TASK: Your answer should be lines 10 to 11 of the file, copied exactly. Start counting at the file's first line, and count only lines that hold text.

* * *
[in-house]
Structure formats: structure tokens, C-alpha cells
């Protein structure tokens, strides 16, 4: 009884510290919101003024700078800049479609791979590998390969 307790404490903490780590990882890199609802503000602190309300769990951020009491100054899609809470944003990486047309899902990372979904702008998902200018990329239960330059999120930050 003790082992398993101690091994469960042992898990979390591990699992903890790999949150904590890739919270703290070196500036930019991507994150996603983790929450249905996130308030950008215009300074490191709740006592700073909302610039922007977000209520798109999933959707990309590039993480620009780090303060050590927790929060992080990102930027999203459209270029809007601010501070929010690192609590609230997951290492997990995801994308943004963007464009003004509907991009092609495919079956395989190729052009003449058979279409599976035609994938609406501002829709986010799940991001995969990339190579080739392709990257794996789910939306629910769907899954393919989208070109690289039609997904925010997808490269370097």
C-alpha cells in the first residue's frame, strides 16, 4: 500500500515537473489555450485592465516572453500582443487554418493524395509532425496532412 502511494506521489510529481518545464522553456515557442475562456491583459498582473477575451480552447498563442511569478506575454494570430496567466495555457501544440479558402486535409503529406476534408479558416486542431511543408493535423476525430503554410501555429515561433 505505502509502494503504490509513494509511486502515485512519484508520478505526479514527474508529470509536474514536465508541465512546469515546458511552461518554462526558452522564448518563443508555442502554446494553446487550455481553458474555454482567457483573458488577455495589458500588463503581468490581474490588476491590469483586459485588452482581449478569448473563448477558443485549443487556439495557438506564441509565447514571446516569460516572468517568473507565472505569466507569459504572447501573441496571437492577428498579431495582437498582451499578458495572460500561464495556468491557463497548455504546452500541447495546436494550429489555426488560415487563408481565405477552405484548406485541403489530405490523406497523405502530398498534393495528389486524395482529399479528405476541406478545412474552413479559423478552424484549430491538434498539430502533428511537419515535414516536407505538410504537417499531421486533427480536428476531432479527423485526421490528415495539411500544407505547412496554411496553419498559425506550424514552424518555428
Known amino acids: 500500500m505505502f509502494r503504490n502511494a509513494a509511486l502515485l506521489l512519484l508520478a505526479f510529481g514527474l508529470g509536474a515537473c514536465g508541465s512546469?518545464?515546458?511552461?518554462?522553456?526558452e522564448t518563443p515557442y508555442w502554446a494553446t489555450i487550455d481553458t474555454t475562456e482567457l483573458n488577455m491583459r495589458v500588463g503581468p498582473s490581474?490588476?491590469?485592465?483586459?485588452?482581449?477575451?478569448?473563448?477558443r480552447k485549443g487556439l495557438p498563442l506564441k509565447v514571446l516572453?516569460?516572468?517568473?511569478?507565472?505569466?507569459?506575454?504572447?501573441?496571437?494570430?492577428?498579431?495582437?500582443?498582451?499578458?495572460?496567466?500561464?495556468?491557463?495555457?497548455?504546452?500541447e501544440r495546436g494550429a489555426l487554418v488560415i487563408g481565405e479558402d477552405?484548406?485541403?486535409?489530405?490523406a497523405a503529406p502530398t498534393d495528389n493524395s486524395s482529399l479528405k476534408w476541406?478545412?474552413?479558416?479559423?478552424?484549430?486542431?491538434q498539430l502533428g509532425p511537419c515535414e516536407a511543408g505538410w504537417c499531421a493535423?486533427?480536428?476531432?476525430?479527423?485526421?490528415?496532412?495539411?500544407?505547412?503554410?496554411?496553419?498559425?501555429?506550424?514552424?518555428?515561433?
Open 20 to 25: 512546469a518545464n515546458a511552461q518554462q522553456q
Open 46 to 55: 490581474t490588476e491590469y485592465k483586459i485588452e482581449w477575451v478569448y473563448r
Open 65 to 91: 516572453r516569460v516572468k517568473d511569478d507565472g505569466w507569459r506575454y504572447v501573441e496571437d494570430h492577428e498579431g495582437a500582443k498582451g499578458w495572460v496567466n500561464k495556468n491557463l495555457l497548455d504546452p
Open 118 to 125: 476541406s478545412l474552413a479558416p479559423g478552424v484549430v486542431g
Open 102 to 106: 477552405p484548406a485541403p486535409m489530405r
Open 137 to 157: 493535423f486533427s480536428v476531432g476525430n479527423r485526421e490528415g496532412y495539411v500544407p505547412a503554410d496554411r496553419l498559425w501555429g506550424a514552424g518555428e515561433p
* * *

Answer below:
Open 102 to 106: 477552405p484548406a485541403p486535409m489530405r
Open 137 to 157: 493535423f486533427s480536428v476531432g476525430n479527423r485526421e490528415g496532412y495539411v500544407p505547412a503554410d496554411r496553419l498559425w501555429g506550424a514552424g518555428e515561433p